In our addiction, acting out sexually was a ritual and the idea of stopping was frightening and unthinkable. We told ourselves that without the excitement of sexually acting out, our lives would become lonely and tiresome. Sober did not sound sexy and we were afraid of losing our sexual appeal and allure. We feared falling apart emotionally without our daily sexual fix and we could not imagine a life without it.
We especially feared the strangers in the meetings. How could we trust some stranger with the stories of our sexual behavior if we could not even trust the people we already knew? Of course, we would never be able to talk about our experiences in a room full of unfamiliar people who were listening as we described the things we did. These, as well as other fears and misconceptions, haunted us.
As we began to attend meetings, many things we heard troubled us. There were slogans we’d never heard before and didn’t understand. Also, talk of the mysterious Twelve Steps made little sense. “These people are sicker than I am,” we told ourselves. “How can they be of help to me?” Then someone shared about a higher power. “Sound the alarm!” Must we swallow this religious mumbo-jumbo in order to find peace? Must we join a deranged, brainwashing cult just to get better?
Finally, we heard that sobriety included not masturbating one day at a time. “Isn’t that harmful? If I stop being sexual, won’t my sexuality just dry up? Won’t I explode?” We believed that if we didn’t have sex we would die. Even if we had attempted to stop in the past, we had been propelled more deeply into the acting out. We had rarely known a period of time without the numbing effects of masturbation and were afraid to try.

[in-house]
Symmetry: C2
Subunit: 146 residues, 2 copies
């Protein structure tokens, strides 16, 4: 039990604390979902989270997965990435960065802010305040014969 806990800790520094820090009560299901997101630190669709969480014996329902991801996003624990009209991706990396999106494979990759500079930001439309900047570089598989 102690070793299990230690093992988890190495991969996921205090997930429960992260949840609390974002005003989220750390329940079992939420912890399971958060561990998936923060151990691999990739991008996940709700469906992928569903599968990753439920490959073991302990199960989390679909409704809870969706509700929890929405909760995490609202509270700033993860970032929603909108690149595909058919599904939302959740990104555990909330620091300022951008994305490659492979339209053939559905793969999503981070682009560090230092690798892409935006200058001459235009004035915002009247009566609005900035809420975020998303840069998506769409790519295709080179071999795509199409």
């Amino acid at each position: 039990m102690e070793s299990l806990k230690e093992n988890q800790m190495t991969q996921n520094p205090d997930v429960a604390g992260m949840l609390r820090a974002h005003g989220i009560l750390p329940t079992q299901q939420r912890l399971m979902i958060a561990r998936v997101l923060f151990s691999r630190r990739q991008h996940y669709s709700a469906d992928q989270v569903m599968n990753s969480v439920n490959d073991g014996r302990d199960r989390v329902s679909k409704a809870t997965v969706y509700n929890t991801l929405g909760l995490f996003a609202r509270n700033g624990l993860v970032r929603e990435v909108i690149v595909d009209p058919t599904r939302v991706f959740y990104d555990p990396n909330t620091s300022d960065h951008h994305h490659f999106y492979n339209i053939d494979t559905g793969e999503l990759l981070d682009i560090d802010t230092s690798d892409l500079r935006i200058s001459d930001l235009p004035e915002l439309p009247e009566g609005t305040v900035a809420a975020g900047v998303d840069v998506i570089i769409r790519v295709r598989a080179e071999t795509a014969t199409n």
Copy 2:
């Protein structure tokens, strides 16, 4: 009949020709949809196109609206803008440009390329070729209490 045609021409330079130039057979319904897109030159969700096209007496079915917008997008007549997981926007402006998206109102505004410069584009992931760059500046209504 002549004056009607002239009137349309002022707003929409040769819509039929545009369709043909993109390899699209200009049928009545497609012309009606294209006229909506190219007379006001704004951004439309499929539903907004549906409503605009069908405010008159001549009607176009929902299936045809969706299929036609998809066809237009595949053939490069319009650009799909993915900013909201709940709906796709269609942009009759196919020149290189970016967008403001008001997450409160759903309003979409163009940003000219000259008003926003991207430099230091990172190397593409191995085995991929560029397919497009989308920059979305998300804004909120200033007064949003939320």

Also, the thought of spending time in the meetings was cause for concern. “I’ll lose myself, my personality. I’ll become a non-entity.” Then someone suggested that we attend as many meetings as possible. This felt like a momentous life-style change. “I’ll have to give up too many things — I won’t have a life!” But we showed up, continuing to come to meetings.
Some of us found it difficult spending time with other addicts because we had become so used to surviving alone. Even after we came to SRA, we assumed getting better was something we had to manage by ourselves. The thought of reaching out for help seemed frightening and risky. We couldn’t understand why another human being would be interested in helping us. We were certain that sharing the shame of our past with others in the program would mean instant reproach, especially if they heard many of the secrets we had kept hidden for countless years.
In spite of our fear and skepticism, we asked other addicts for their phone numbers, as it was strongly suggested. Nevertheless, many of us were afraid to call. “He doesn’t really want to hear from me,” or “It’s just too late to call her,” were things we told ourselves. However, when we did call, we were amazed to find that fellow addicts listened to our pain — many times until the wee hours of the morning — not judging, not criticizing, but simply listening and sharing their own experience. We found this to be one of many examples of how our experience of early sobriety was quite different from what we had feared and imagined.